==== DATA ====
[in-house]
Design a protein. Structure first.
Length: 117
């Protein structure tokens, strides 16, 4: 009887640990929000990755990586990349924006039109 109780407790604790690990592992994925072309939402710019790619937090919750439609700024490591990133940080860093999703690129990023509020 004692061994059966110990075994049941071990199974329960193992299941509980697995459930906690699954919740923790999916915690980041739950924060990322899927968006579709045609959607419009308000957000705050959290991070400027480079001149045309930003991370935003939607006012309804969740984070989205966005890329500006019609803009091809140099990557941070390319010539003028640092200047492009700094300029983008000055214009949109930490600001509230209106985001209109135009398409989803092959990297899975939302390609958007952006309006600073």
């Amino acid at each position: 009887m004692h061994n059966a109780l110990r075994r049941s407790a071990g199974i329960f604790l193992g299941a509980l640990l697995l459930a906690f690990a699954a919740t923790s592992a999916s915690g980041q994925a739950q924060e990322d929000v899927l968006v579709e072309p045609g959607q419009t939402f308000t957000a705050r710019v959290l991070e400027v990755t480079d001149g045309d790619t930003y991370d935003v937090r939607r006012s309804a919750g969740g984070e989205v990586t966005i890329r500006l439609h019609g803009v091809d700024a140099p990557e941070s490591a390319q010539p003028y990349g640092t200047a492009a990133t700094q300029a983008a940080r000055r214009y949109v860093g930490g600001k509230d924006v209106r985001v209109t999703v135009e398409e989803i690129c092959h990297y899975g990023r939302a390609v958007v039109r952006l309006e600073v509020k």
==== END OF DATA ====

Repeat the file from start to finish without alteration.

[in-house]
Design a protein. Structure first.
Length: 117
């Protein structure tokens, strides 16, 4: 009887640990929000990755990586990349924006039109 109780407790604790690990592992994925072309939402710019790619937090919750439609700024490591990133940080860093999703690129990023509020 004692061994059966110990075994049941071990199974329960193992299941509980697995459930906690699954919740923790999916915690980041739950924060990322899927968006579709045609959607419009308000957000705050959290991070400027480079001149045309930003991370935003939607006012309804969740984070989205966005890329500006019609803009091809140099990557941070390319010539003028640092200047492009700094300029983008000055214009949109930490600001509230209106985001209109135009398409989803092959990297899975939302390609958007952006309006600073």
């Amino acid at each position: 009887m004692h061994n059966a109780l110990r075994r049941s407790a071990g199974i329960f604790l193992g299941a509980l640990l697995l459930a906690f690990a699954a919740t923790s592992a999916s915690g980041q994925a739950q924060e990322d929000v899927l968006v579709e072309p045609g959607q419009t939402f308000t957000a705050r710019v959290l991070e400027v990755t480079d001149g045309d790619t930003y991370d935003v937090r939607r006012s309804a919750g969740g984070e989205v990586t966005i890329r500006l439609h019609g803009v091809d700024a140099p990557e941070s490591a390319q010539p003028y990349g640092t200047a492009a990133t700094q300029a983008a940080r000055r214009y949109v860093g930490g600001k509230d924006v209106r985001v209109t999703v135009e398409e989803i690129c092959h990297y899975g990023r939302a390609v958007v039109r952006l309006e600073v509020k």